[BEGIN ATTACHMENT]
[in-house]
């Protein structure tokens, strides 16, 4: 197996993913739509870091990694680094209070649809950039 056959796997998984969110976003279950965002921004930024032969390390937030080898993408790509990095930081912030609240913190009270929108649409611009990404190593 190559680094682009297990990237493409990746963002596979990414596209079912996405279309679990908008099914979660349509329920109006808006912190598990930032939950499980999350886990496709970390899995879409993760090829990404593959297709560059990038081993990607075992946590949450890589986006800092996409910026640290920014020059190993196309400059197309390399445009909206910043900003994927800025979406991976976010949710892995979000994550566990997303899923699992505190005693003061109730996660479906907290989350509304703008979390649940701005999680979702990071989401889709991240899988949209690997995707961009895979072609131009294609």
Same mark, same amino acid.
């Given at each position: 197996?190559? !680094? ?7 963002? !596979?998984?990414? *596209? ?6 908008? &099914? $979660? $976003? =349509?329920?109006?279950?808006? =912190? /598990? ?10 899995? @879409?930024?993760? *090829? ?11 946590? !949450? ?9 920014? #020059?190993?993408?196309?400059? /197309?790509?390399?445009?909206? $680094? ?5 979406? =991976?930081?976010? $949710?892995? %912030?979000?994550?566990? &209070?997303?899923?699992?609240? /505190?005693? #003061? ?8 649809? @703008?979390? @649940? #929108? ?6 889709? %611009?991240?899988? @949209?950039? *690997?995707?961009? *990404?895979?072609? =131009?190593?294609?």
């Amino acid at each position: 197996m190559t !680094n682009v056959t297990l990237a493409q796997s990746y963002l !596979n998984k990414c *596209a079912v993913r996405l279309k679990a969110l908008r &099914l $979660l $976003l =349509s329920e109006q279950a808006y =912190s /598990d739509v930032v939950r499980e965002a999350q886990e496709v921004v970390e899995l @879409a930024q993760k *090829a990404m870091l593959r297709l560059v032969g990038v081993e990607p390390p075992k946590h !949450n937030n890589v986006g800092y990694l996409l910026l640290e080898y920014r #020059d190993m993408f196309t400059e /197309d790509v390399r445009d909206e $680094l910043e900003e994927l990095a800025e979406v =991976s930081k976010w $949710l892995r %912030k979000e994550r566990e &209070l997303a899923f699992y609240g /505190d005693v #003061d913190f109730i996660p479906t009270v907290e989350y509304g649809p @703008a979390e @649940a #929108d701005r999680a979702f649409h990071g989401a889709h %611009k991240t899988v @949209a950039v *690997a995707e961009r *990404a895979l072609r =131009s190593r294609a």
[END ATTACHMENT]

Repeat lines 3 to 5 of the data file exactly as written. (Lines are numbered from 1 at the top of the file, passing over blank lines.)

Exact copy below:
Same mark, same amino acid.
């Given at each position: 197996?190559? !680094? ?7 963002? !596979?998984?990414? *596209? ?6 908008? &099914? $979660? $976003? =349509?329920?109006?279950?808006? =912190? /598990? ?10 899995? @879409?930024?993760? *090829? ?11 946590? !949450? ?9 920014? #020059?190993?993408?196309?400059? /197309?790509?390399?445009?909206? $680094? ?5 979406? =991976?930081?976010? $949710?892995? %912030?979000?994550?566990? &209070?997303?899923?699992?609240? /505190?005693? #003061? ?8 649809? @703008?979390? @649940? #929108? ?6 889709? %611009?991240?899988? @949209?950039? *690997?995707?961009? *990404?895979?072609? =131009?190593?294609?």
């Amino acid at each position: 197996m190559t !680094n682009v056959t297990l990237a493409q796997s990746y963002l !596979n998984k990414c *596209a079912v993913r996405l279309k679990a969110l908008r &099914l $979660l $976003l =349509s329920e109006q279950a808006y =912190s /598990d739509v930032v939950r499980e965002a999350q886990e496709v921004v970390e899995l @879409a930024q993760k *090829a990404m870091l593959r297709l560059v032969g990038v081993e990607p390390p075992k946590h !949450n937030n890589v986006g800092y990694l996409l910026l640290e080898y920014r #020059d190993m993408f196309t400059e /197309d790509v390399r445009d909206e $680094l910043e900003e994927l990095a800025e979406v =991976s930081k976010w $949710l892995r %912030k979000e994550r566990e &209070l997303a899923f699992y609240g /505190d005693v #003061d913190f109730i996660p479906t009270v907290e989350y509304g649809p @703008a979390e @649940a #929108d701005r999680a979702f649409h990071g989401a889709h %611009k991240t899988v @949209a950039v *690997a995707e961009r *990404a895979l072609r =131009s190593r294609a």